Right-handed pitcher Cory Lidle, who had some of the best moments of his baseball career for the Oakland Athletics, died on Wednesday when he piloted a plane that crashed into a 50-story building on the Upper East Side of Manhattan.
"We were all kind of watching in shock on CNN today," said A's ace Barry Zito, a rotation mate of Lidle's for two seasons. "There were a few of us who played with him in '01 and '02. But more than that, we're like a big family, guys in the Major Leagues. Regardless of personal ties, everyone feels."
Lidle, who was traded from the Phillies to the Yankees on July 30, had just pitched in Game 4 of the Division Series against the Tigers four days ago.
Tigers closer Todd Jones was a teammate of Lidle's with the Reds and Phillies in 2004.
"Everybody in the clubhouse was saying how weird it was," said Jones. "I even spoke to him during Game 1 of the ALDS. We were talking and he was talking about what he liked to do. He liked to play cards and had a charity poker tournament that he had the last couple years. It was picking up some steam. This is tough."
"On behalf of the entire Tigers organization and this particular team, we would like to send our deepest sympathy to the wife and the son of Cory Lidle, to the Yankee family," said Tigers manager Jim Leyland. "Three days ago Cory Lidle was an opponent. But all of us in baseball lost a good teammate. So we send our deepest sympathy out to the family."
There was a moment of silence for Lidle roughly 15 minutes before game-time, as a picture of the right-hander was displayed on the scoreboard.
"Cory's death is a terrible shock to all of us," A's general manager Bill Beane said in a statement. "Our sympathies go out to his wife Melanie and their young son, Christopher. We all have fond memories of Cory and his family during his time with our organization and he'll be missed by us all."
"It's tough," said A's third base coach Ron Washington. "When you get a family member, any member of baseball, it doesn't matter what organization you're with, is a family member. You think about his family. You think about the good life that's just been lost."
With the pregame routine going on as usual and the sound of the crack of the bat ever-present in the background, A's third baseman Eric Chavez tried to come to grips with it all.
"Just shocked," said Chavez. "We were just watching the TV. There was shock. When I first got here, I don't think we knew what was going on. They started popping up his picture and his name. At first I started hoping that he just owned the plane and he wasn't in it. Then you found out he was in it. It's very disturbing."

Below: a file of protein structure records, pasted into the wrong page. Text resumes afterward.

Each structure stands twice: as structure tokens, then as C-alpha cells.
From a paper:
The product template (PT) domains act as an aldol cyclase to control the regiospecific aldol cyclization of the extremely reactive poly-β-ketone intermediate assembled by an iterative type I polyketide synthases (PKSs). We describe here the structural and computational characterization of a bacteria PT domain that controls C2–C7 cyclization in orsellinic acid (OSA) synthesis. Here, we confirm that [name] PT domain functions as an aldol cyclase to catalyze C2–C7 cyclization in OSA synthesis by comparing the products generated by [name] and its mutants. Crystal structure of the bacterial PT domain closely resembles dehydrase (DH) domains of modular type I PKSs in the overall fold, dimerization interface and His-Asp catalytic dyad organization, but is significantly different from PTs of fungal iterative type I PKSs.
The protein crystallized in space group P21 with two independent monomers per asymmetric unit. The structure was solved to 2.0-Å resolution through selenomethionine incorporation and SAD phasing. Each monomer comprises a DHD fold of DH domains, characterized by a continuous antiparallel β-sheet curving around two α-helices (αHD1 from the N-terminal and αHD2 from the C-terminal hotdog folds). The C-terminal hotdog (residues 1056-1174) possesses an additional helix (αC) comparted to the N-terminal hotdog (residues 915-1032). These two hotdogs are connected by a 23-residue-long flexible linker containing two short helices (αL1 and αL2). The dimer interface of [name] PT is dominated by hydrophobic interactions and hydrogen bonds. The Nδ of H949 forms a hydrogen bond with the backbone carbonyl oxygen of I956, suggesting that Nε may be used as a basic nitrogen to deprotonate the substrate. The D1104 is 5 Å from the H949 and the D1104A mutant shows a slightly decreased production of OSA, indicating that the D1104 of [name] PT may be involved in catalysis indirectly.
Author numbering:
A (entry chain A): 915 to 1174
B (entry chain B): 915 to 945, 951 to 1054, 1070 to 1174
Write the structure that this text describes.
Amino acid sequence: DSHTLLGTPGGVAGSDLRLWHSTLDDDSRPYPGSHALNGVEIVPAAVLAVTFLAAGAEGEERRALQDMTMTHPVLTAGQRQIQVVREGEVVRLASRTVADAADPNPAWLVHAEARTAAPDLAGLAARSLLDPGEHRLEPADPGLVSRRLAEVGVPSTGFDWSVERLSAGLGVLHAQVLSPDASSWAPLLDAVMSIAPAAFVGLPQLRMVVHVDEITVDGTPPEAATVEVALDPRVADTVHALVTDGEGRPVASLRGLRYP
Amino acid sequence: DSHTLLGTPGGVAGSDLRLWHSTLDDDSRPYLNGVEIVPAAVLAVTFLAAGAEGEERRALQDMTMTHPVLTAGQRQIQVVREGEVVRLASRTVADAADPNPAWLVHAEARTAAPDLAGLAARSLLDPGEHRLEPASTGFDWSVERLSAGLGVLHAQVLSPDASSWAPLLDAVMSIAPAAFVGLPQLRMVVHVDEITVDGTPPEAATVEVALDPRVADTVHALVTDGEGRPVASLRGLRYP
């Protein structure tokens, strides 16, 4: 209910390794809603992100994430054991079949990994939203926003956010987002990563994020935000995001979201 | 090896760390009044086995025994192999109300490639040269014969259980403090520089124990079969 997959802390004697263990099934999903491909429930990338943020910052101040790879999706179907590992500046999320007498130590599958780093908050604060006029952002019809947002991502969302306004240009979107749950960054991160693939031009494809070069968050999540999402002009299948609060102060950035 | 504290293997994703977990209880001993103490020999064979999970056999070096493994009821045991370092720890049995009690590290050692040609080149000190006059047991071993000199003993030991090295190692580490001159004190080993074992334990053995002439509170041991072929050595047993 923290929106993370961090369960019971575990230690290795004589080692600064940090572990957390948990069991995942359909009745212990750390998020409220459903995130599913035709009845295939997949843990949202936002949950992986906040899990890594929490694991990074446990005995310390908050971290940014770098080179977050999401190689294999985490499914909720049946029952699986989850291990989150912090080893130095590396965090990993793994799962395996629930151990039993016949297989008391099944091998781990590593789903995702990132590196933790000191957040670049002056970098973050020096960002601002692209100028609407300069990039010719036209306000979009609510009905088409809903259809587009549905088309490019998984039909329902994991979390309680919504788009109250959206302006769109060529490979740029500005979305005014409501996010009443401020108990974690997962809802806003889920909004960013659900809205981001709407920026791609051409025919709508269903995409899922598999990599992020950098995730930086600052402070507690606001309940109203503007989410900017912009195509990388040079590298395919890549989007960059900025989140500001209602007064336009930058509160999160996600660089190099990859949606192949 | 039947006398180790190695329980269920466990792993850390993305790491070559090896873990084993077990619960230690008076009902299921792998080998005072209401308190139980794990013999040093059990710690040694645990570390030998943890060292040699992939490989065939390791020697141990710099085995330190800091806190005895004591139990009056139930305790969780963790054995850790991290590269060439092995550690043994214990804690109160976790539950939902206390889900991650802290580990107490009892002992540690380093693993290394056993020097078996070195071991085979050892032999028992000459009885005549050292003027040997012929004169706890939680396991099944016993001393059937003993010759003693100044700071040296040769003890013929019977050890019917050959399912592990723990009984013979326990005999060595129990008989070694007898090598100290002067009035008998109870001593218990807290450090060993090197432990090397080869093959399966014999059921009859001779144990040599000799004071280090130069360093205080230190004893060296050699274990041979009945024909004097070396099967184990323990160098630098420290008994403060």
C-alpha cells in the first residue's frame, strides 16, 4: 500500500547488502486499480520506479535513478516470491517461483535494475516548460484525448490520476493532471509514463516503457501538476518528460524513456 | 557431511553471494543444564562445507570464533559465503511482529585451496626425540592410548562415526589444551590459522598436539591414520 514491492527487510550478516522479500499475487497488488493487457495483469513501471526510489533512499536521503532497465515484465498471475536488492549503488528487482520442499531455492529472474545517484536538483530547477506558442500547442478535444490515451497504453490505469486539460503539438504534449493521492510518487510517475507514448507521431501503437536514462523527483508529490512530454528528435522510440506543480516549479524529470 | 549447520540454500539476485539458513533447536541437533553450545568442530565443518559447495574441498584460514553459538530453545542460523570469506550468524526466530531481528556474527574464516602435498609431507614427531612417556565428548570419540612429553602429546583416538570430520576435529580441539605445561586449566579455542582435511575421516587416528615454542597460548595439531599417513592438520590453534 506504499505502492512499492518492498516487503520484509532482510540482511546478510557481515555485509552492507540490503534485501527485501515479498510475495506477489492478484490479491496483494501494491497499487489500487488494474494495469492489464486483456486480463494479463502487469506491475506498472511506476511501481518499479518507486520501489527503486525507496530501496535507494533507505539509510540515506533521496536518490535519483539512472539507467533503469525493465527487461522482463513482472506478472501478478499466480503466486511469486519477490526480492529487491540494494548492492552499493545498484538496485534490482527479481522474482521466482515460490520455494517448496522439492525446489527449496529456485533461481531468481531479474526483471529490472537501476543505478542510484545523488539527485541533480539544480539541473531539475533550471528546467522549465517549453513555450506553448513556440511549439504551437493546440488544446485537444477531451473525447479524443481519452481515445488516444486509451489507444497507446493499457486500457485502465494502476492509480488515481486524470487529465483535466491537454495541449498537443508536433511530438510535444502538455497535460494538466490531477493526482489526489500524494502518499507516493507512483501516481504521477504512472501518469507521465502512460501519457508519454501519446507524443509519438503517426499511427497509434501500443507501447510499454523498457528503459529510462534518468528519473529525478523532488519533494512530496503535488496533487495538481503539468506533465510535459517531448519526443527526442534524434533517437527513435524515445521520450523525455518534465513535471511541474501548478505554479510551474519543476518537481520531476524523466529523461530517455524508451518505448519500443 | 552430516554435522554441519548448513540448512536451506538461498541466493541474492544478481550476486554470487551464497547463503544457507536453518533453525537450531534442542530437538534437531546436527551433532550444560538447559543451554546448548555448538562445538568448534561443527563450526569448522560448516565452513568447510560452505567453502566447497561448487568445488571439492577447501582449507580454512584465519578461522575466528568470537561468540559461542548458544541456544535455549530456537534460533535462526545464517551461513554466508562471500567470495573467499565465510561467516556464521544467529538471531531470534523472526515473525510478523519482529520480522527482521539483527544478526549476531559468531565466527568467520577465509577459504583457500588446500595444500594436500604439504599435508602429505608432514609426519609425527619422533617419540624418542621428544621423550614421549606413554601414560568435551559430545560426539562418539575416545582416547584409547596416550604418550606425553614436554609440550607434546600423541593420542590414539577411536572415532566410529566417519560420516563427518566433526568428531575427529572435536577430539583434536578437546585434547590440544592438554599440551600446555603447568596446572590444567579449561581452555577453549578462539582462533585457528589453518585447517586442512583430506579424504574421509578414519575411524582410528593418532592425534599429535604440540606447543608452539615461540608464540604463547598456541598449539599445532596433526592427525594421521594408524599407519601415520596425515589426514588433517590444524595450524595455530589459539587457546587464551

Both teams came to the ballpark gearing up for a big game, in the context of baseball, but were hit with something that transcended their jobs.
"I'm sure people are going to have their feelings about it," said A's manager Ken Macha, Oakland's bench coach during Lidle's stay with the A's. "Maybe it will put the game in perspective. Myself personally, this thing could end at any second, sometimes that's the way life does end. It's tragic."
"I'm sure it will be looming and I'm sure it will be in everybody's heads," said Zito. "Especially the 50 guys down here in the dugouts and the coaching staffs. You know, we've just got to go on and I'm sure Lidle would want us to keep moving right along and keep baseball and everything intact and just keep going."
Many of the players were unaware that Lidle had taken up flying.
"That's something new," said Jones. "I was with him in '04 and he hadn't mentioned anything about that. They said he had only 75 hours of flying time so I don't even know where they said he was flying to. It's tough because now I've played with Darryl Kile, I played with Cory Lidle, I've played with a couple of other people that have passed away."
"Vaguely, I remember him having an interest [in flying]," said Zito. "I don't think he was pursuing it back then. I know Lidle was big in poker playing and obviously he wanted to be a pilot and he was. He accomplished that."
Through their grieving, players were able to express their fond remembrances of Lidle, who was described by many as a free spirit.
"We used to call him 'snacks' because he'd be eating Reese's in between innings while he was pitching," Zito said. "He'd go up there [to the clubhouse] and get some M&M's, maybe some ice cream, all the while throwing eight scoreless innings."
In these parts, they remember the epic August of 2002 put forth by Lidle, who went 5-0 with a 0.20 ERA to earn American League Pitcher of the Month. That was right in the heart of the 20-game winning streak produced by the A's.
"Towards the end of the year, he carried us," remembered Chavez.
Though the A's had more ties with Lidle, the news had a considerable impact in both dugouts.
"There were a couple of guys in here that played with him," said Jones. "Sean Casey played with him. Vance [Wilson] played with him in Spring Training."
"That's all there is," Chavez said. "He pitched a couple of days ago in Detroit. It's pretty disheartening."
Ian Browne is a reporter for MLB.com. This story was not subject to the approval of Major League Baseball or its clubs.